Specialty shapes may be designed to snugly hang over the gunwale and rub rail on a low freeboard boat. If you’re docked in heavy chop or busy waters, this is worth your consideration.

Sealed vs. inflatable

Sealed fenders are pre-inflated, so you can’t add or eliminate air. Inflatable fenders use a typical inflation needle that goes into the valve, much like you’d use for inflating a soccer ball or football. Inflatable fenders are shipped flat. You can deflate them after the season for easy storage.

Rope eyes (eyelets)

If you want the flexibility of being able to hang your fenders vertically or horizontally, consider fenders with two rope eyes, one molded and reinforced into each end of the tube. You can use one eye to hang a fender, or you can use both eyes to secure a fender in a horizontal position. Note the eye’s diameter so lines can fit (if you’re buying them separately).

Centerline design

A rugged centerline rope design is a fender where you can thread a line through a molded hole in the centerline of the tube. This protects the rope and holds the fender steady against the boat.


Colors: There’s no need to stick to traditional white when it comes to boat fenders. Choose from various colors to coordinate with your boat.

Ribbing: A fender with non-abrasive ribs offers a little extra thickness for added protection. Ribbed fenders may be slightly heavier than fenders with smooth finishes, but the added weight is negligible.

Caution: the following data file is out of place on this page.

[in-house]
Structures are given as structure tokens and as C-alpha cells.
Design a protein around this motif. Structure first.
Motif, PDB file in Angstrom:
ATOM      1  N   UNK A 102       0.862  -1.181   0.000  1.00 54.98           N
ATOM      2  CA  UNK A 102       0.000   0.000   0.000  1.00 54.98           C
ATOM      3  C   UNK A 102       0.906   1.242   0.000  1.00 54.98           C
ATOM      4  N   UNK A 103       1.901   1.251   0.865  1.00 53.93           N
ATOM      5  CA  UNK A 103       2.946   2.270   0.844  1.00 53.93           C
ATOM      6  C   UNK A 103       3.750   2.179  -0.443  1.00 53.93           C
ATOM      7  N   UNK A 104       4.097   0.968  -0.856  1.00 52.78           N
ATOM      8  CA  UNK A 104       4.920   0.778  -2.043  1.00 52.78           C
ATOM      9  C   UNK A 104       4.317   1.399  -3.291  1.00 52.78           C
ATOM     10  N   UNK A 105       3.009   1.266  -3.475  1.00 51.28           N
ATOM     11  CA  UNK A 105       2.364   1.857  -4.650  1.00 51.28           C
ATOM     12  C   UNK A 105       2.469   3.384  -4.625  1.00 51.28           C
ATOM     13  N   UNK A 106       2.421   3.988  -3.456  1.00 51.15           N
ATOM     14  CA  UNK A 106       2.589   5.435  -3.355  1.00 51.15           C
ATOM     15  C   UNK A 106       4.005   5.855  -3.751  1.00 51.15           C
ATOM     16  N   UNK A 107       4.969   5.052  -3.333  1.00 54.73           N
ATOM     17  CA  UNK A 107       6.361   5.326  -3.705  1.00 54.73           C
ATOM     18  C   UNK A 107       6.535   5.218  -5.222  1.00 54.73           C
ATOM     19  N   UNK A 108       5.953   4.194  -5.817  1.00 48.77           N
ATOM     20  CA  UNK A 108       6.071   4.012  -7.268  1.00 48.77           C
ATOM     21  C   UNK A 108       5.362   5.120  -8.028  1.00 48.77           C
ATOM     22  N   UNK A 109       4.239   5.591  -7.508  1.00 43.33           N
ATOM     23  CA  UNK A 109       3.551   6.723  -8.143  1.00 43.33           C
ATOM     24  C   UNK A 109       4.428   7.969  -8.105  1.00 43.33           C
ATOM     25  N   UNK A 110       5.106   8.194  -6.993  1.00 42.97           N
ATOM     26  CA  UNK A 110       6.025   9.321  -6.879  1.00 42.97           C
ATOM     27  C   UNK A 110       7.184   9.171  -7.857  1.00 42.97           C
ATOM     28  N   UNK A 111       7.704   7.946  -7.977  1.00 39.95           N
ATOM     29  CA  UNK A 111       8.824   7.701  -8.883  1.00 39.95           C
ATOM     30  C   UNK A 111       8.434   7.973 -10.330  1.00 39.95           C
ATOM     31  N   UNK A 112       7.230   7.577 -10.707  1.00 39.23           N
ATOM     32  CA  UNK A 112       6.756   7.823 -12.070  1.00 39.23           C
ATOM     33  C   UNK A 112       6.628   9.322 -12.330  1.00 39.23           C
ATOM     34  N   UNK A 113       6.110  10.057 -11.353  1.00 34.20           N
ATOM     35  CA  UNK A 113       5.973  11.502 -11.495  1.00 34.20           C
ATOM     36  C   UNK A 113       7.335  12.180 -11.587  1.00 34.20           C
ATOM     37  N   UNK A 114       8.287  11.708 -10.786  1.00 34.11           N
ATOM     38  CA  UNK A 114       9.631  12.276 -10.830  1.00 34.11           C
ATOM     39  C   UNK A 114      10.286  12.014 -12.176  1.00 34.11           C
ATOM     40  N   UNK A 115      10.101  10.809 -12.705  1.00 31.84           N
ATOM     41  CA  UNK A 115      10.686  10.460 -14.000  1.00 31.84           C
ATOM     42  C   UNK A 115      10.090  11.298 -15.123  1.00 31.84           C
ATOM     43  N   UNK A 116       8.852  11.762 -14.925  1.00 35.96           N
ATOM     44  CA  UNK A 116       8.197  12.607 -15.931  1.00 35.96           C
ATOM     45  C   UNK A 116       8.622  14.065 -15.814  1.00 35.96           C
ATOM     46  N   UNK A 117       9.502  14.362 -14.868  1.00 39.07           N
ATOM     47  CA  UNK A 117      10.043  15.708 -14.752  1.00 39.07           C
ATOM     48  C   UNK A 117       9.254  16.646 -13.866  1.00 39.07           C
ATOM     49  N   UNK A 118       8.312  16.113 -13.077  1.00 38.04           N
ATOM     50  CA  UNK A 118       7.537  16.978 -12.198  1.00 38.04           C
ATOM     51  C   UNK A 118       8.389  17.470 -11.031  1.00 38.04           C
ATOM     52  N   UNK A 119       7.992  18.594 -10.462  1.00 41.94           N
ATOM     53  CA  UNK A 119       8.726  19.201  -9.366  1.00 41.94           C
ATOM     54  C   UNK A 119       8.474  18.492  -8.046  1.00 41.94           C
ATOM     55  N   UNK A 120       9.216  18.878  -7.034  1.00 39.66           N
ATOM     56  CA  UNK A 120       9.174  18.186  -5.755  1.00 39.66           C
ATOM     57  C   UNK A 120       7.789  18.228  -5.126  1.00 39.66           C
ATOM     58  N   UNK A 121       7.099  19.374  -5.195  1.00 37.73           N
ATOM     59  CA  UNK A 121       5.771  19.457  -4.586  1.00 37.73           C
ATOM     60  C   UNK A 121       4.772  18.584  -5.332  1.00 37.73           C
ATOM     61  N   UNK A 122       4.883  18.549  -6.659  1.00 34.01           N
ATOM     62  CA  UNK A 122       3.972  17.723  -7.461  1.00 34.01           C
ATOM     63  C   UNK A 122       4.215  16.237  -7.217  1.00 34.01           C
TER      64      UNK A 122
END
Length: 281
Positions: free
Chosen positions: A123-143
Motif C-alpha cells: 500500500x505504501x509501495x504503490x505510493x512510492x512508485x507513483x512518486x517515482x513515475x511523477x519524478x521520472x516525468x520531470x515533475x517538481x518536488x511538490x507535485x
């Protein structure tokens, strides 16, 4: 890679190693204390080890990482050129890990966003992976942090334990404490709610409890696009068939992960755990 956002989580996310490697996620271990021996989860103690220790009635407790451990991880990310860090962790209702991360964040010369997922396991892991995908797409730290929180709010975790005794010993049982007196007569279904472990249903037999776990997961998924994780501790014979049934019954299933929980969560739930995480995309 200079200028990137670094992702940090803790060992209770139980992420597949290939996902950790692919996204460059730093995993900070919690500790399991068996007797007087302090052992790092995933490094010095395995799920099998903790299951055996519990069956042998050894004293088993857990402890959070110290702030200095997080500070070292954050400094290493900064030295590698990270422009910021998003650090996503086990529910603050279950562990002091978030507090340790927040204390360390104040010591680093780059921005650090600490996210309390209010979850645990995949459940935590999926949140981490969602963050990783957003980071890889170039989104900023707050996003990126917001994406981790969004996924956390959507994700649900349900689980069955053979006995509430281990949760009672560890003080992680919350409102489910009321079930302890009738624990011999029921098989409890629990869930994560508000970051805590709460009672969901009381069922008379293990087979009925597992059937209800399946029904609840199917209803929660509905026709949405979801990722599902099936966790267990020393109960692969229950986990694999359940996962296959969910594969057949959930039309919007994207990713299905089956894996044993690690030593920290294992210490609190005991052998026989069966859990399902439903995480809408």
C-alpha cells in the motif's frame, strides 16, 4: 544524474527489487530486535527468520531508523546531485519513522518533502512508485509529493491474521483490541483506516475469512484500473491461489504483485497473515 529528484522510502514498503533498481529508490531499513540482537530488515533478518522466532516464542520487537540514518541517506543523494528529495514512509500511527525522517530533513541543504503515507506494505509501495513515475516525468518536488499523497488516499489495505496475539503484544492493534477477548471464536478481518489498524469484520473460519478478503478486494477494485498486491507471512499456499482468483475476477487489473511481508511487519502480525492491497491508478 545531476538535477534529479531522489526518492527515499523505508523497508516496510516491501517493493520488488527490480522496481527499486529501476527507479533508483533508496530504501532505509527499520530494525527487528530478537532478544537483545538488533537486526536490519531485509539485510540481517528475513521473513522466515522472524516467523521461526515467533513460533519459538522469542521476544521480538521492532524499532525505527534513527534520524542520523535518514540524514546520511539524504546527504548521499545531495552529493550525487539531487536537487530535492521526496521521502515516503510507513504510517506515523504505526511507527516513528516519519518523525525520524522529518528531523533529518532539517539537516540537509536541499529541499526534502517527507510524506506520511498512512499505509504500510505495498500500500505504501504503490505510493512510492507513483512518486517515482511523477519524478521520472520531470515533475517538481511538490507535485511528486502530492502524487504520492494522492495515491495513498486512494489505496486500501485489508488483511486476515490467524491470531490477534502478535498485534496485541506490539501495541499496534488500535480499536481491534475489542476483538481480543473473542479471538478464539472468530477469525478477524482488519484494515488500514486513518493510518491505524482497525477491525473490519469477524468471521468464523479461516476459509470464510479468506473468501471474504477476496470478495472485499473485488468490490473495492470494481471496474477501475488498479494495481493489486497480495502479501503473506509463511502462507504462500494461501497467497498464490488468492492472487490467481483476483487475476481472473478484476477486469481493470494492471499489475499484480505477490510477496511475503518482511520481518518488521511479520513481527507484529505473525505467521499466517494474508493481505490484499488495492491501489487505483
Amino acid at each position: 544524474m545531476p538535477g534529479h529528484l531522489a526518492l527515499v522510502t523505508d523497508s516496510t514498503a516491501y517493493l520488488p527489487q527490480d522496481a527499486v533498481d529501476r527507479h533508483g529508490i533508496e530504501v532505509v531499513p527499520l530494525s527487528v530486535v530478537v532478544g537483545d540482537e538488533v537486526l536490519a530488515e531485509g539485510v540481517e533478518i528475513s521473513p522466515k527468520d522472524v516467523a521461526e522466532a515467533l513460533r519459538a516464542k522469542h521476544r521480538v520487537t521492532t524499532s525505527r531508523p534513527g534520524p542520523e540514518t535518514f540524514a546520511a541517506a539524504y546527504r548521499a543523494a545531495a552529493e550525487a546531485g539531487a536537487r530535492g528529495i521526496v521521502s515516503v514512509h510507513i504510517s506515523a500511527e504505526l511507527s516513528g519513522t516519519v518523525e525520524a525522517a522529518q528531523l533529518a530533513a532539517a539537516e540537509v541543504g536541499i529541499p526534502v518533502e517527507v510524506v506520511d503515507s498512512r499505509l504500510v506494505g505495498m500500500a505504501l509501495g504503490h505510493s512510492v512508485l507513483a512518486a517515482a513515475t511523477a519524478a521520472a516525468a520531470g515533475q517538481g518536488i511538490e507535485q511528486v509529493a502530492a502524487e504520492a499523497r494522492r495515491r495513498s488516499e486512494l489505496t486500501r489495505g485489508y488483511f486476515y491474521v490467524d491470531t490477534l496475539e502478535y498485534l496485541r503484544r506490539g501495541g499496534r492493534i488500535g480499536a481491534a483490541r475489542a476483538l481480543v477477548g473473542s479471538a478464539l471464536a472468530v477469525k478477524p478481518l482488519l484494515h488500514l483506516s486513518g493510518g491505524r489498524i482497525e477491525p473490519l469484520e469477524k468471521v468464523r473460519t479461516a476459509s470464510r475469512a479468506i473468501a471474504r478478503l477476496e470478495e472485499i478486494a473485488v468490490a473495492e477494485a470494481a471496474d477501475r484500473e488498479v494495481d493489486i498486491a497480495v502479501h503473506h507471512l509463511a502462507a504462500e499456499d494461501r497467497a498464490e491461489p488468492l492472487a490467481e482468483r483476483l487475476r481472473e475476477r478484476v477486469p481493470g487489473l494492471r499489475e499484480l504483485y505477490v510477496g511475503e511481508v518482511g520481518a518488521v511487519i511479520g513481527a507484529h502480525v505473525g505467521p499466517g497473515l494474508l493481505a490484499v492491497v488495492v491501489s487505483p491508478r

Seam reinforcement: Higher-quality fenders feature reinforced seams hand-glued inside and out for extra durability.

Packs: Fenders can be found in value packs of two to four. When buying a pack, you know the fenders match in style, color, and quality.

Fender kit: A kit provides fenders along with rope, inflating needles, and a pump. You could also buy these components separately, but when you buy a kit, you’re assured the lines are the correct sizes for the fender hole’s diameter.

Boat fender prices

Inexpensive: In the $10 to $25 range, you’ll find single, basic inflatable cylindrical fenders, ribbed or smooth, that average in size from 6 1/2 inches in diameter to 26 inches long.

Mid-priced: From $25 up to $60, you’ll find wider, longer cylindrical fenders and flat value packs. Quality spherical fenders start in this price range.

Expensive: Some products cost over $60 per fender. Now you’re paying for a wider diameter, longer length, and larger line hole diameters meant for thicker ropes and shackles that protect large boats and yachts in the 50-foot to 60-foot range. Depending on the size boat you have, you could spend hundreds of dollars for a single premium fender.